#5 Mount St. Mary’s 75, #4 Bryant 69
Mount St. Mary’s continued their hot streak by winning their eighth straight game to stun the Bryant Bulldogs, 75-69, in front of a packed house in Smithfield, RI. It was the first playoff win for the Mount since the days of Milan Brown, thanks to a second half surge that saw the Mount outscore their opponent, 47-34. The Bulldogs, led by Alex Francis and Vlad Kondratyev’s combined 20 first half points, led at the break by seven. But Jamion Christian’s defense attacked in the second half, mounting a comeback fueled by nine Bulldog turnovers, some clutch shooting, and severe foul trouble by Bryant. Overall, it wasn’t a great shooting night for the Mount, but the team made a season high 26 of 27 free throws to provide separation at the end. Four Mountaineers scored in double figures, led by Rashad Whack’s 19 points paired with eight rebounds. It was Christian’s first playoff win of his career, and now he’ll get a chance for a second victory at the Chuck on Saturday afternoon. Only five players scored for Bryant, who found themselves in severe foul trouble throughout. Alex Francis logged a game high 25 points.
#3 LIU Brooklyn 91, #6 Quinnipiac 83
For the second straight season, Tom Moore’s Bobcats fell to LIU in the NEC playoffs. Quinnipiac had second half leads in both games, but failed to hold on. After leading by as many as nine points in this one, LIU embarked on a 14-5 run to tie the game at 75 all. From there, a back and forth battle ensued leading to six players eventually fouling out. But in the end, LIU Brooklyn’s experience pulled through thanks to C.J. Garner’s 30 points. Despite playing only 25 minutes due to foul trouble, NEC POY Jamal Olasewere scored 20 points, grabbed six rebounds, and handed out four assists. Quinnipiac’s season likely comes to an end (barring an unlikely invitation from the CIT or CBI), but Moore can rest assured that Ousmane Drame should be a dominant force down low next season. Drame scored 23 points in the defeat and ends his season averaging 14.5 points and 10.6 rebounds per contest over the final 12 games. Senior Jamee Jackson finishes his career with 10 points and nine rebounds. For Ray Curren’s guest post about the game go here.
#2 Wagner 72, #7 Central Connecticut 50
Wagner turned back the clock and played some Dan Hurley inspired defense to smother CCSU from the opening tip in a dominating first round victory. Led by Jonathan Williams’ 20 points and six rebounds, the Seahawks built a commanding 14 point lead at the half after holding CCSU to only 22% shooting. Things didn’t get any better for Howie Dickenman’s kids, as they shot 25% and committed 11 turnovers versus only four assists for the game. Kyle Vinales and Matthew Hunter combined to miss 25 of their 35 shots, with the more athletic and deeper Seahawks pestering the Blue Devils all night. Offensively, it wasn’t a great effort for Bashir Mason’s Seahawks, but they did just enough to comfortably win their 11th home game of the season. Like Christian, Bashir Mason is now in the win column for the NEC playoffs. Not bad at all for a 28-year-old.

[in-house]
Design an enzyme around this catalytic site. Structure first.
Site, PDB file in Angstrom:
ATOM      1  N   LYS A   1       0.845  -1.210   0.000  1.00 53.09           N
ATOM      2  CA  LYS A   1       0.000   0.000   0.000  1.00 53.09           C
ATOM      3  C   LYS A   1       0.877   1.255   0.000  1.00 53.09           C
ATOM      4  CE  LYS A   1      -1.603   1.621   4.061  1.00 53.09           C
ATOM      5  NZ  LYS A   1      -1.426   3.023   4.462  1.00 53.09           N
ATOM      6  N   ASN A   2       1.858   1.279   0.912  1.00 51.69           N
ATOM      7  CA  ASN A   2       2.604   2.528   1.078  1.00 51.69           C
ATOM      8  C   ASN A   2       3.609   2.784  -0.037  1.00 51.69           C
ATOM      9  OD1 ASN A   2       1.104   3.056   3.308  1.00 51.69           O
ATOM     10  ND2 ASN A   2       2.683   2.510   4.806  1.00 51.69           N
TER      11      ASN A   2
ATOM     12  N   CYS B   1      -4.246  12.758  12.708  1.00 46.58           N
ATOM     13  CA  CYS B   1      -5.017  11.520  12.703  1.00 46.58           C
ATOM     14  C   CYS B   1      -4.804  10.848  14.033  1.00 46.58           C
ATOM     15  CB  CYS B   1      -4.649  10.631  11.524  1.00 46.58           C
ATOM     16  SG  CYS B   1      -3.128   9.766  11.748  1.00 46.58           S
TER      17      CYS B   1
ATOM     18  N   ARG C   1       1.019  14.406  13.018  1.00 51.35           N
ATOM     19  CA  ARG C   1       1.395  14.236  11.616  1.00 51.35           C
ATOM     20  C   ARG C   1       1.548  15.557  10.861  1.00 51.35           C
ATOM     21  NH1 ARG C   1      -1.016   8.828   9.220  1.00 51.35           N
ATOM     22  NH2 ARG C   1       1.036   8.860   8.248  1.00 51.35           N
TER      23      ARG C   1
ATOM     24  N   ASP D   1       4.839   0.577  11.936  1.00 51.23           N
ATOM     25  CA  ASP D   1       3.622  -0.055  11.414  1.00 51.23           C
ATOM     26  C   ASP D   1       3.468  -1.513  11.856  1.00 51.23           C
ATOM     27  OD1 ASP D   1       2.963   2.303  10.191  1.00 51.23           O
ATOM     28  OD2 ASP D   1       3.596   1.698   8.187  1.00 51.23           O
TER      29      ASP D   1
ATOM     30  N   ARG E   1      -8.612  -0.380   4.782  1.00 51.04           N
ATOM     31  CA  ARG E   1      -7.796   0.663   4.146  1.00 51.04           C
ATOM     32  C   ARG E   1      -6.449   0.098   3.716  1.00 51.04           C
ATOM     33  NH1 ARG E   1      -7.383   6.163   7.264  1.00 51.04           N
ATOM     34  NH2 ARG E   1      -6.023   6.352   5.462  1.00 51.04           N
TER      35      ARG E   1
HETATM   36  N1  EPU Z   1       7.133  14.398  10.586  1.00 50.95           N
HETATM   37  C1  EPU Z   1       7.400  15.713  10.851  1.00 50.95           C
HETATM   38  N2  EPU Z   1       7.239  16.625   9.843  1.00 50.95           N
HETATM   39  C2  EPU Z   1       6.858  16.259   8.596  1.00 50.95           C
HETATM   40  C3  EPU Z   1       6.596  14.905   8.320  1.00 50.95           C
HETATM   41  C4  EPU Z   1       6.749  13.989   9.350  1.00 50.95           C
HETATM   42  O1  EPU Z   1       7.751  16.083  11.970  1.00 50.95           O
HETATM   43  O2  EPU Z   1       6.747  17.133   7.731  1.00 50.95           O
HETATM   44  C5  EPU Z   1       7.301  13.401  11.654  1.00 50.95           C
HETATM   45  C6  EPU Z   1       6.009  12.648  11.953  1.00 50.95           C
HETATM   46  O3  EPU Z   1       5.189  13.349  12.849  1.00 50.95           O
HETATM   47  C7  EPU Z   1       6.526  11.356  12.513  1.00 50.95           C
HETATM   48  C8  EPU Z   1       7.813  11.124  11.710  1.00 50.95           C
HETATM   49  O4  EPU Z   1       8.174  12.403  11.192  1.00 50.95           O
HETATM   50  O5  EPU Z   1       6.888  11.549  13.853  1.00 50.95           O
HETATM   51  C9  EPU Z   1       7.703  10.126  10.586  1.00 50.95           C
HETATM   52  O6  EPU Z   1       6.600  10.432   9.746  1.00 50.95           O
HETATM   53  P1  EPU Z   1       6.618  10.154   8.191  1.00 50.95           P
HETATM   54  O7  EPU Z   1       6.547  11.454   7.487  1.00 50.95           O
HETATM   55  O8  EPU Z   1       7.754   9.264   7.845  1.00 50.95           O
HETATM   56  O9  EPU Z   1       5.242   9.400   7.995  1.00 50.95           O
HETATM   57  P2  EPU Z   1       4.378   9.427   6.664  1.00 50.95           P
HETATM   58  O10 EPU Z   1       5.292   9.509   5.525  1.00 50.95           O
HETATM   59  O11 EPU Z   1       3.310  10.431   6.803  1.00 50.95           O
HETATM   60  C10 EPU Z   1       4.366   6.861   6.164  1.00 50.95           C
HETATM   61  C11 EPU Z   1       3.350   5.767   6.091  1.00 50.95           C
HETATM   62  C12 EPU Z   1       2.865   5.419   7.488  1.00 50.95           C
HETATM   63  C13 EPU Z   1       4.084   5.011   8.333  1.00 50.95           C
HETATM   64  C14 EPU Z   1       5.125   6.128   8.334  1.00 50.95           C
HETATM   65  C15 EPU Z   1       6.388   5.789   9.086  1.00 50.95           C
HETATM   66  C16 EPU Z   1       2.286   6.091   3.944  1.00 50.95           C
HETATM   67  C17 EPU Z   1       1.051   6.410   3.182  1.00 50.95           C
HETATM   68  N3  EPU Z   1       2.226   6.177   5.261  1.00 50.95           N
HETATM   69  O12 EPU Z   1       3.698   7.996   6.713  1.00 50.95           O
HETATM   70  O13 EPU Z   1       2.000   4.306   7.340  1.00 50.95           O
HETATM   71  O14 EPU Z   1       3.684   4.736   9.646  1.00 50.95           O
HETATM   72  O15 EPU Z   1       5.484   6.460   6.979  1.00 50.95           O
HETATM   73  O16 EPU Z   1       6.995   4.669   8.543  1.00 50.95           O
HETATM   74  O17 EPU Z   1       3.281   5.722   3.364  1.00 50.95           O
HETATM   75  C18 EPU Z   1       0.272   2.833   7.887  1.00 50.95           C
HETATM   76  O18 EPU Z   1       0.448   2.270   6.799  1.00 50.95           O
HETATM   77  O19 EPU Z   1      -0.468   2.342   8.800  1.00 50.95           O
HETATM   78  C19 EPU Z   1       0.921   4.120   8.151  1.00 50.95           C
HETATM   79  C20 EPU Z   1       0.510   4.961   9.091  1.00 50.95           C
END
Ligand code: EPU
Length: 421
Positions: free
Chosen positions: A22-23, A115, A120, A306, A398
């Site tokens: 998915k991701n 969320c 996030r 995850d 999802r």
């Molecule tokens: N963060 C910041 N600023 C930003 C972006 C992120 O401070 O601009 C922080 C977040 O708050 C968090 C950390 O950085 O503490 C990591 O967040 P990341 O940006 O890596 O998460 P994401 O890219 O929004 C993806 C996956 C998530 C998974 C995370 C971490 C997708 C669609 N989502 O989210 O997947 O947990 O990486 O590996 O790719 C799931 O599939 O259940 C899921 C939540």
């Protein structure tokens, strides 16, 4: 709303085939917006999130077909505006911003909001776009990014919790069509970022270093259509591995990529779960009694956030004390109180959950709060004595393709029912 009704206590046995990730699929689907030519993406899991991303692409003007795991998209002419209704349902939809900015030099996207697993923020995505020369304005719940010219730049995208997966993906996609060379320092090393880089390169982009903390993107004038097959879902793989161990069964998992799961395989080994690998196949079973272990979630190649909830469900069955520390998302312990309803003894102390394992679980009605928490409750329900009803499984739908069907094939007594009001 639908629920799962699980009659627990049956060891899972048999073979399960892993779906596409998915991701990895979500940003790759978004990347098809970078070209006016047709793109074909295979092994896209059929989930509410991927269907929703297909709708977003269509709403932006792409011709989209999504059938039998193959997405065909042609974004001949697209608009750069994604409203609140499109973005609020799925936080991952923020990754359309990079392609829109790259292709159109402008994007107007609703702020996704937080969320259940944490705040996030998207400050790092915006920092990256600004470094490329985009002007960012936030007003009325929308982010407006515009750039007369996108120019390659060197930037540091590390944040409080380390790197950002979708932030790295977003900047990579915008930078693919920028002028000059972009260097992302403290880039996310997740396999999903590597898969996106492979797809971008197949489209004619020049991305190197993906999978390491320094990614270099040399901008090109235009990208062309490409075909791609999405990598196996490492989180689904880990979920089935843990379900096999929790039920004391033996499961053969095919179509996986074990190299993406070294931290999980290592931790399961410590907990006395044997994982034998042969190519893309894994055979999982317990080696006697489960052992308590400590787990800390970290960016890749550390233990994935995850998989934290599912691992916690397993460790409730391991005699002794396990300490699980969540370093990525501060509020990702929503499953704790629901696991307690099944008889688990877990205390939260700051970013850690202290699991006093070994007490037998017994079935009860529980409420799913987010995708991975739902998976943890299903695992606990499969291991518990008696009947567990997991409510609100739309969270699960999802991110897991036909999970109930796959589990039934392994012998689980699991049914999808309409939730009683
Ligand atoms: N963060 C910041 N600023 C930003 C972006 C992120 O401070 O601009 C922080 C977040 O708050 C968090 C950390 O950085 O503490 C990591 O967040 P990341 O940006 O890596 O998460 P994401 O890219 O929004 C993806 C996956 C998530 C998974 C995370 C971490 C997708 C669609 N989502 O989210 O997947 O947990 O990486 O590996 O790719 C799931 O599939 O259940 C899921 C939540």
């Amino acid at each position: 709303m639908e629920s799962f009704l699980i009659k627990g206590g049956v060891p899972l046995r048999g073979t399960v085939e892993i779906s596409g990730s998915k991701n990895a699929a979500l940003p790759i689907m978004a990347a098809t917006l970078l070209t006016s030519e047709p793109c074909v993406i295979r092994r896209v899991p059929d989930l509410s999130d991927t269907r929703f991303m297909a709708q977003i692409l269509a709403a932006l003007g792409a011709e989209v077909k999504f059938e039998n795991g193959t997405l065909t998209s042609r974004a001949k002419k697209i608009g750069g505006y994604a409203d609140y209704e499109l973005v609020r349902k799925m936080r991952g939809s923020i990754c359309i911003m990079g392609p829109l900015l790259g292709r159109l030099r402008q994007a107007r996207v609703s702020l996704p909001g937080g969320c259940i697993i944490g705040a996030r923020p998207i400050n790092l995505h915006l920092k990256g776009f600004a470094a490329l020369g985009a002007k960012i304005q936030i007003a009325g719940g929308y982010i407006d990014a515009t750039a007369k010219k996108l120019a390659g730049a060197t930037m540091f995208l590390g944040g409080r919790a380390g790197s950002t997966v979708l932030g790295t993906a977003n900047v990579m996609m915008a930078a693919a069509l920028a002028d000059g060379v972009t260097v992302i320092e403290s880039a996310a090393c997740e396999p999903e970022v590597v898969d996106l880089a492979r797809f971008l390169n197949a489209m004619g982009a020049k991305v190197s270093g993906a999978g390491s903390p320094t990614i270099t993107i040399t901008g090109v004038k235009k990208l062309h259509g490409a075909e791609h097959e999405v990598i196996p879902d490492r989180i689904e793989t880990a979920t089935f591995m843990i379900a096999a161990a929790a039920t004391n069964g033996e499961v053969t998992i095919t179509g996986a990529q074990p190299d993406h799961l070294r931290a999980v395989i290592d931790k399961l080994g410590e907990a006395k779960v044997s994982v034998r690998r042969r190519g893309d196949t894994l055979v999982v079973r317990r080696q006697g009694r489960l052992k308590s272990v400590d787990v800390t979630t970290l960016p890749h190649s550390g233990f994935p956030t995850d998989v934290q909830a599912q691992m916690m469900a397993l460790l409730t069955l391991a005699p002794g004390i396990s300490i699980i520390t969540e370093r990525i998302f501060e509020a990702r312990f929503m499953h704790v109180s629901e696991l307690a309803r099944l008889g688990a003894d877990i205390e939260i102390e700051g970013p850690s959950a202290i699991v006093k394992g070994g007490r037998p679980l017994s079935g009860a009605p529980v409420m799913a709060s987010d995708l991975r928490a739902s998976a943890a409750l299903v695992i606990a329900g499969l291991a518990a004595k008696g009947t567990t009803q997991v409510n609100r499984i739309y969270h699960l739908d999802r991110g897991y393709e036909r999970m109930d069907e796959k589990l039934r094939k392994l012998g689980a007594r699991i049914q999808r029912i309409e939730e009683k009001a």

Top Performances of the Night
C.J. Garner, LIU Brooklyn – The senior was the man with Jamal Olasewere helplessly watching from the bench, scoring 17 of his game high 30 points in the second half.
Russell Johnson, Robert Morris – The most consistent frontcourt presence for Andy Toole all season shined once again, filling up the stat sheet with 19 points, eight rebounds, and five steals. As far as game efficiency ratings are concerned, tonight was the best game of Johnson’s career.
Biggest Surprise of the Night
Mount Mayhem – After trailing by seven points at the half, Mount St. Mary’s defense dug in and shutdown the best offense of the NEC for the second half. The Mount held Bryant to only 1.00 PPP and 40.7% from the floor for the final 20 minutes, which may not seem like much, until you realize Bryant was scoring at a 1.14 PPP rate and shooting 47.9% for the NEC season.
NEC Semifinals Schedule
Saturday, March 9th, Noon: #3 LIU Brooklyn at #2 Wagner
Saturday, March 9th, 2:30 PM: #5 Mount St. Mary’s at #1 Robert Morris